“Oh, great! Just what the world has been waiting for,” runs the cynical first response to this collaboration-heavy Australian dance package, “Disclosure from Down Under”. But while the multimillion Vevo views of F word-garnished electro power ballad Never Be Like You featuring Kai suggest the advent of a trance Eamon, Flume (the aqueous altar ego of Sydney bedroom boffin Harley Edward Streten) actually covers a wider musical waterfront than he needs to. Distinguished guests – UK nearly siren AlunaGeorge, rapper Vince Staples – are ushered respectfully through a series of viable electronic hinterlands, where a couple of them, notably perennial cameo supplier Little Dragon and Wu Tang vet Raekwon, manage to put down roots in actual songs.
One listen to “Say It,” the bright, supremely poppy Tove Lo collaboration from Flume’s second album, makes it clear the Australian producer is not content to repeat the intimately chill, layered electronic pastiche of his successful debut. “Skin” is more ambitious and cinematic, with creative use of space and repetition. Flume’s most comfortable conjuring lush, ascending beats for women vocalists; Lo, MNDR, Kai, Aluna Francis, and Little Dragon’s Yukimi Nagano all shine on the album’s most arresting tracks.
Flume’s joined by a star cast of collaborators on his second album Skin - yet somehow he still manages to make the record about his own sound. After a debut, with low-key features, that showcased his distinct production style he’s roped in big name vocalists for the follow-up. Though Flume’s guests are also familiar - check the credits on Kaytranada’s excellent 99.9% and you’ll see a very similar list- Little Dragon, AlunaGeorge and Vic Mensa all double up.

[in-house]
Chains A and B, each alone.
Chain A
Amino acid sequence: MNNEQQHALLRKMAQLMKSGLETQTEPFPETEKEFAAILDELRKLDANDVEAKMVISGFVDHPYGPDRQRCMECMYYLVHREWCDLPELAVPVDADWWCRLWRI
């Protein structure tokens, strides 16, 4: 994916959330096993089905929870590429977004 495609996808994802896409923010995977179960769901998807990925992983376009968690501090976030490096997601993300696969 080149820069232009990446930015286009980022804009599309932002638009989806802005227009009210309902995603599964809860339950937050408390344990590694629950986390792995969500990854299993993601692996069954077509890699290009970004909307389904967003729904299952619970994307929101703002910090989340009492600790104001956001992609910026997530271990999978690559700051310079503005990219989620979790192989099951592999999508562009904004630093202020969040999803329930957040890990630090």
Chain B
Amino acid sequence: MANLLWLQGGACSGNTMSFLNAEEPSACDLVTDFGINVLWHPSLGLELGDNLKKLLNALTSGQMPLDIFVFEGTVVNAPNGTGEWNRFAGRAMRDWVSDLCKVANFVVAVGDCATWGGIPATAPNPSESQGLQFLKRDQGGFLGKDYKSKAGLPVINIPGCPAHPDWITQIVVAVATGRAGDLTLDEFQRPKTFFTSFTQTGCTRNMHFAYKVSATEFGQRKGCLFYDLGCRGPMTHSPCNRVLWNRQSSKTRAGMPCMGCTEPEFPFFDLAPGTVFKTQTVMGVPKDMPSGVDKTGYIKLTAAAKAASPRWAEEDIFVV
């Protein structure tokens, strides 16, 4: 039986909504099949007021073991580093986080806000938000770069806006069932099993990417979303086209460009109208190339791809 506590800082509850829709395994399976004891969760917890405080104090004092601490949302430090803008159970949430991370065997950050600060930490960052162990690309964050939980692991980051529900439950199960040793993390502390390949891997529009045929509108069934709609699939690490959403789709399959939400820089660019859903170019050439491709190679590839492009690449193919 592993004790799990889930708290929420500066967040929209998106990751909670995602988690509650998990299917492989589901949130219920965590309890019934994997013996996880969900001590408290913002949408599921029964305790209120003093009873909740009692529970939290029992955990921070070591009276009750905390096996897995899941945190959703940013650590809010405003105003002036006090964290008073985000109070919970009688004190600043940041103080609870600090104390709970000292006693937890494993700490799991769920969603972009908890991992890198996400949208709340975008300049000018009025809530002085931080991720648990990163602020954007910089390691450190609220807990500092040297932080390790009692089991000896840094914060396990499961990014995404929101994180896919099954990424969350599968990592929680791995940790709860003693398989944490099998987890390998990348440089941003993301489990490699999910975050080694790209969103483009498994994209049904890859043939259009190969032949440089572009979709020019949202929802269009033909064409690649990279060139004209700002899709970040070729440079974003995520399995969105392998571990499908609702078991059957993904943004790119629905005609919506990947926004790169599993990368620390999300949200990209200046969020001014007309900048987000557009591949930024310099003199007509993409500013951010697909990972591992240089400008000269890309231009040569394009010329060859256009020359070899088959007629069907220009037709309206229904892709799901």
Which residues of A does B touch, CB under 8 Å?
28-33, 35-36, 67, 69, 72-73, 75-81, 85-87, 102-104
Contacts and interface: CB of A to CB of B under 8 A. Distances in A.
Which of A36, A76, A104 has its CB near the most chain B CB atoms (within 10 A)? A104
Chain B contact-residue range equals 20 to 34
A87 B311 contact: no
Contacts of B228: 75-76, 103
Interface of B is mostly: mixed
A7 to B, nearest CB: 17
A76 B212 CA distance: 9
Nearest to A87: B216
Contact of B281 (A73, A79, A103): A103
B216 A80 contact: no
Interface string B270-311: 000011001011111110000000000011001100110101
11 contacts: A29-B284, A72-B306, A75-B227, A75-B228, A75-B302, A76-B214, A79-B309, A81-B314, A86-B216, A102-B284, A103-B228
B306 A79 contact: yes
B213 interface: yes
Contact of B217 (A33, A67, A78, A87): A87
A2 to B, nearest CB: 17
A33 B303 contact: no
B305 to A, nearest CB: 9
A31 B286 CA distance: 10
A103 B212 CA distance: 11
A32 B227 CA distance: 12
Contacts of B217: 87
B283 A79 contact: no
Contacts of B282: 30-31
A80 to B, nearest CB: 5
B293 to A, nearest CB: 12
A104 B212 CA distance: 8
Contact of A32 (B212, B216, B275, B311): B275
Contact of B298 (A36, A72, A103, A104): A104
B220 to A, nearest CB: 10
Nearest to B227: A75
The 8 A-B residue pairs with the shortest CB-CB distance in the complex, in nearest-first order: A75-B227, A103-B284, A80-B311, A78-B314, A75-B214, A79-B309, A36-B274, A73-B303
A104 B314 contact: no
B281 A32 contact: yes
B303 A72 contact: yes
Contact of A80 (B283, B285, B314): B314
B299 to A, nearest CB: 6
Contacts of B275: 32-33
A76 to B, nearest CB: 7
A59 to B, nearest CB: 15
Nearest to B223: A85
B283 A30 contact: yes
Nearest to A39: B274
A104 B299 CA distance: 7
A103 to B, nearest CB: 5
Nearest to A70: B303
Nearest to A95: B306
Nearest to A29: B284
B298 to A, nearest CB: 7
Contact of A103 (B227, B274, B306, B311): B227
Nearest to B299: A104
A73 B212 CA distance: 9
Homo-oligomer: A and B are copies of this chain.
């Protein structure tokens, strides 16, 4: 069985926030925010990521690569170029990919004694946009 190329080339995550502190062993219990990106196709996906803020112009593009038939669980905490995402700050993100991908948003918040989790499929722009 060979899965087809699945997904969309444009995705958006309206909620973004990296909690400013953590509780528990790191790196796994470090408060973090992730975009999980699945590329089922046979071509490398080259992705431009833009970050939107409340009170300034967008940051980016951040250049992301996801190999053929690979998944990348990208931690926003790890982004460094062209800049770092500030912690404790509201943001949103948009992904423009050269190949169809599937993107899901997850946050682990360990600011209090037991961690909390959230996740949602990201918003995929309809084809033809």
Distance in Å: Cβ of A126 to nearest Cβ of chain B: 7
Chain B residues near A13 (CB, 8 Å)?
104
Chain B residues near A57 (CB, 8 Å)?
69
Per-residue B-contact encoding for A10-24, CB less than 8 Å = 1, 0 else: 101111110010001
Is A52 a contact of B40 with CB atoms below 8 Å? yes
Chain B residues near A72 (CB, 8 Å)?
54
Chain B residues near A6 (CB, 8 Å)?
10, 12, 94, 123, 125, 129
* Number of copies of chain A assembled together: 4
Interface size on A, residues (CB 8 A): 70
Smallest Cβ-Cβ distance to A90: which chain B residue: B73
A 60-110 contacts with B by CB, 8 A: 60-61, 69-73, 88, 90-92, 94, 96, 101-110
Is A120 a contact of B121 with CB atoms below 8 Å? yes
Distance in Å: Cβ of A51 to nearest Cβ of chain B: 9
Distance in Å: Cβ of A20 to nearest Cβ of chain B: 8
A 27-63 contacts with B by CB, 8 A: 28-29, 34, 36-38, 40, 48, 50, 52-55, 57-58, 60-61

Twenty-four-year-old Australian wunderkind Harley Streten has taken a step backward to push forward and cross over on his atmospheric second LP. Where his self-titled debut inflected J Dilla and underground, alt-soul into his electro-pop, Skin goes Technicolor and bigger, effectively standing on the shoulders of Disclosure and giant stars including Skrillex, Diplo, and album collaborator/reinventor Beck ("Tiny Cities"). Showing capability in whatever he chooses, Flume can go downtempo with AlunaGeorge ("Innocence"), uptempo with some edge ("Smoke & Retribution," featuring Vince Staples, or Vic Mensa-assisted "Lose It"), and full-on runaway smash ("Never Be Like You" with Kai on vocals.) (7pm, HomeAway stage) .
The first thing I noticed about Skin, the sophomore release from Australian electronic artist Flume, was its eclectic supporting cast. You’ve got pop stars like Tove Lo (actually, she might be the only “star” credited here, but I’ll give the benefit of the doubt to these singers I’ve never heard of before) career feature artists like Kai and Aluna “The Main Reason Why That One Disclosure Track Was Good” George, and rising hip-hop stars like Vince Staples, Vic Mensa, and…wait, is that Allan Kingdom? On the same track as most-assuredly-not-rising star Raekwon? That’s a little surprising—hold up, what’s Beck doing here? The logical question to ask at this point is: how can Flume take these musicians from such wildly different backgrounds and put them together into something coherent? The short answer is that he can’t. Or maybe he can, but he doesn’t display that particular talent on Skin.